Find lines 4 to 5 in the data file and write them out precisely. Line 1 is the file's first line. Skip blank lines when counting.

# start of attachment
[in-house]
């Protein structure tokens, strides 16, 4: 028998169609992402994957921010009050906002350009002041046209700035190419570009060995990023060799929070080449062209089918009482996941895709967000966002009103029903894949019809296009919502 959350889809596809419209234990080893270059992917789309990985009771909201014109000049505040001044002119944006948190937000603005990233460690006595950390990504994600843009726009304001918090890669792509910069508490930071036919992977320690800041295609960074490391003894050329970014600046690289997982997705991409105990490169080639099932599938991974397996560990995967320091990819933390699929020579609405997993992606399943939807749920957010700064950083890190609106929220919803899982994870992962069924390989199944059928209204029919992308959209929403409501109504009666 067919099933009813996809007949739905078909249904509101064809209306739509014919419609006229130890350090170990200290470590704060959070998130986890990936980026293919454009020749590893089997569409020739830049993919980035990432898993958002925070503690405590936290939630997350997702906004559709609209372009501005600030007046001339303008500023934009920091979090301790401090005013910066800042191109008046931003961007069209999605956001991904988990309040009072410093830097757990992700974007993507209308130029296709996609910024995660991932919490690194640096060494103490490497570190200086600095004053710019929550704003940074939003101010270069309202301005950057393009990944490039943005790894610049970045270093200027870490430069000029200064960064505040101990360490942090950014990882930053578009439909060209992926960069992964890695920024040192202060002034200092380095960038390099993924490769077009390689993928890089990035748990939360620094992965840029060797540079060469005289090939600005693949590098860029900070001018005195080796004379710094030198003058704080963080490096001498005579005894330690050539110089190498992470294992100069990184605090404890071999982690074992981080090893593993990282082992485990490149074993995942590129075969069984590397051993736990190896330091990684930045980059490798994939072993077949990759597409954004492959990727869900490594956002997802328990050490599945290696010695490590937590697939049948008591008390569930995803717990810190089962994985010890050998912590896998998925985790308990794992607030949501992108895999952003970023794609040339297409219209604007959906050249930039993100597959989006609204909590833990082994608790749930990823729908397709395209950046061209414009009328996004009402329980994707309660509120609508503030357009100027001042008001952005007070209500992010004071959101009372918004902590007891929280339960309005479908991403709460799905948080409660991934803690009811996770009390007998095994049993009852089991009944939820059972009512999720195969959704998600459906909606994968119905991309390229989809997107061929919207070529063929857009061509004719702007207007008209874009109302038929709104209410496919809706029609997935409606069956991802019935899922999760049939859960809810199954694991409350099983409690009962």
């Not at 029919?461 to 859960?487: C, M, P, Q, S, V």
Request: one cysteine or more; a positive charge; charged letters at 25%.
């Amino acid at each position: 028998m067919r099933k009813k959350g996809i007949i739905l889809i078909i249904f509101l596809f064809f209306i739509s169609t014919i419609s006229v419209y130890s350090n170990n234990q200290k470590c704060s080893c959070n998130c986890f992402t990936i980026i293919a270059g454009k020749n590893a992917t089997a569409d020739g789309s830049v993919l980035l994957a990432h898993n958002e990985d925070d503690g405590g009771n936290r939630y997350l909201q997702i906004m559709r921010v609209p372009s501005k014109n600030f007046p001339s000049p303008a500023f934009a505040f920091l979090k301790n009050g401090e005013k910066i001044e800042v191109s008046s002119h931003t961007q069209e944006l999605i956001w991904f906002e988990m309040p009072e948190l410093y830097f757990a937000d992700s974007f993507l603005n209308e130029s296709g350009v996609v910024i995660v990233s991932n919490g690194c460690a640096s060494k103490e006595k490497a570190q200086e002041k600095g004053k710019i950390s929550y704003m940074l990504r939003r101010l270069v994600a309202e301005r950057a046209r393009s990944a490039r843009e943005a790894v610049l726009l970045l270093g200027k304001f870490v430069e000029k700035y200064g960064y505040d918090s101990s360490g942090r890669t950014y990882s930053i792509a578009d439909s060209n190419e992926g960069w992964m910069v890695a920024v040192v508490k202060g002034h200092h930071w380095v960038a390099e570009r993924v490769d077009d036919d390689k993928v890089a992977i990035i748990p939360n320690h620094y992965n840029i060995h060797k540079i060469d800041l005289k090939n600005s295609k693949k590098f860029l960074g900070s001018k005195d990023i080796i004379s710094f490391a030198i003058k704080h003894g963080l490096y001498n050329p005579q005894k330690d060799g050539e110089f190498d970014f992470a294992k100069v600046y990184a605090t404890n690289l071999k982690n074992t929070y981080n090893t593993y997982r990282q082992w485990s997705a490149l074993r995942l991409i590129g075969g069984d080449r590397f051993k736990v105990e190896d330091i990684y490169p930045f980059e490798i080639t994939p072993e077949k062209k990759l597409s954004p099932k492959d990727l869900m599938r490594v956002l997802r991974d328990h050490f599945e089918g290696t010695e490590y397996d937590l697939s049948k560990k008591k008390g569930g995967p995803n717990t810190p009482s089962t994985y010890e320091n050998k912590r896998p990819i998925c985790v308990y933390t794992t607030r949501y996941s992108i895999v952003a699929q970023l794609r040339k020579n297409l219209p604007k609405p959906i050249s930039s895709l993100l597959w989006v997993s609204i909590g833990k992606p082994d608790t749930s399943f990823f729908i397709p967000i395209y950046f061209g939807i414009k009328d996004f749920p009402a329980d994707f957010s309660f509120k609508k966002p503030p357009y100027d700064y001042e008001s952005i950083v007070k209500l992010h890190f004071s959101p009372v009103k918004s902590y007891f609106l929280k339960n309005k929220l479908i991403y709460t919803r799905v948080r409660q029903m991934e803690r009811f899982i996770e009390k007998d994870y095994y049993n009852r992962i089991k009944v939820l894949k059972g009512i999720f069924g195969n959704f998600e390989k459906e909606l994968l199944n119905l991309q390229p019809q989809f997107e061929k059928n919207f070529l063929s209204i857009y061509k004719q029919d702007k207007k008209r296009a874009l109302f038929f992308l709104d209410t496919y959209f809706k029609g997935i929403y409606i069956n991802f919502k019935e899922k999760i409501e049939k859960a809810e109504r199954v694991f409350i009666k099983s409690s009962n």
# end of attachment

Request: one cysteine or more; a positive charge; charged letters at 25%.
């Amino acid at each position: 028998m067919r099933k009813k959350g996809i007949i739905l889809i078909i249904f509101l596809f064809f209306i739509s169609t014919i419609s006229v419209y130890s350090n170990n234990q200290k470590c704060s080893c959070n998130c986890f992402t990936i980026i293919a270059g454009k020749n590893a992917t089997a569409d020739g789309s830049v993919l980035l994957a990432h898993n958002e990985d925070d503690g405590g009771n936290r939630y997350l909201q997702i906004m559709r921010v609209p372009s501005k014109n600030f007046p001339s000049p303008a500023f934009a505040f920091l979090k301790n009050g401090e005013k910066i001044e800042v191109s008046s002119h931003t961007q069209e944006l999605i956001w991904f906002e988990m309040p009072e948190l410093y830097f757990a937000d992700s974007f993507l603005n209308e130029s296709g350009v996609v910024i995660v990233s991932n919490g690194c460690a640096s060494k103490e006595k490497a570190q200086e002041k600095g004053k710019i950390s929550y704003m940074l990504r939003r101010l270069v994600a309202e301005r950057a046209r393009s990944a490039r843009e943005a790894v610049l726009l970045l270093g200027k304001f870490v430069e000029k700035y200064g960064y505040d918090s101990s360490g942090r890669t950014y990882s930053i792509a578009d439909s060209n190419e992926g960069w992964m910069v890695a920024v040192v508490k202060g002034h200092h930071w380095v960038a390099e570009r993924v490769d077009d036919d390689k993928v890089a992977i990035i748990p939360n320690h620094y992965n840029i060995h060797k540079i060469d800041l005289k090939n600005s295609k693949k590098f860029l960074g900070s001018k005195d990023i080796i004379s710094f490391a030198i003058k704080h003894g963080l490096y001498n050329p005579q005894k330690d060799g050539e110089f190498d970014f992470a294992k100069v600046y990184a605090t404890n690289l071999k982690n074992t929070y981080n090893t593993y997982r990282q082992w485990s997705a490149l074993r995942l991409i590129g075969g069984d080449r590397f051993k736990v105990e190896d330091i990684y490169p930045f980059e490798i080639t994939p072993e077949k062209k990759l597409s954004p099932k492959d990727l869900m599938r490594v956002l997802r991974d328990h050490f599945e089918g290696t010695e490590y397996d937590l697939s049948k560990k008591k008390g569930g995967p995803n717990t810190p009482s089962t994985y010890e320091n050998k912590r896998p990819i998925c985790v308990y933390t794992t607030r949501y996941s992108i895999v952003a699929q970023l794609r040339k020579n297409l219209p604007k609405p959906i050249s930039s895709l993100l597959w989006v997993s609204i909590g833990k992606p082994d608790t749930s399943f990823f729908i397709p967000i395209y950046f061209g939807i414009k009328d996004f749920p009402a329980d994707f957010s309660f509120k609508k966002p503030p357009y100027d700064y001042e008001s952005i950083v007070k209500l992010h890190f004071s959101p009372v009103k918004s902590y007891f609106l929280k339960n309005k929220l479908i991403y709460t919803r799905v948080r409660q029903m991934e803690r009811f899982i996770e009390k007998d994870y095994y049993n009852r992962i089991k009944v939820l894949k059972g009512i999720f069924g195969n959704f998600e390989k459906e909606l994968l199944n119905l991309q390229p019809q989809f997107e061929k059928n919207f070529l063929s209204i857009y061509k004719q029919d702007k207007k008209r296009a874009l109302f038929f992308l709104d209410t496919y959209f809706k029609g997935i929403y409606i069956n991802f919502k019935e899922k999760i409501e049939k859960a809810e109504r199954v694991f409350i009666k099983s409690s009962n």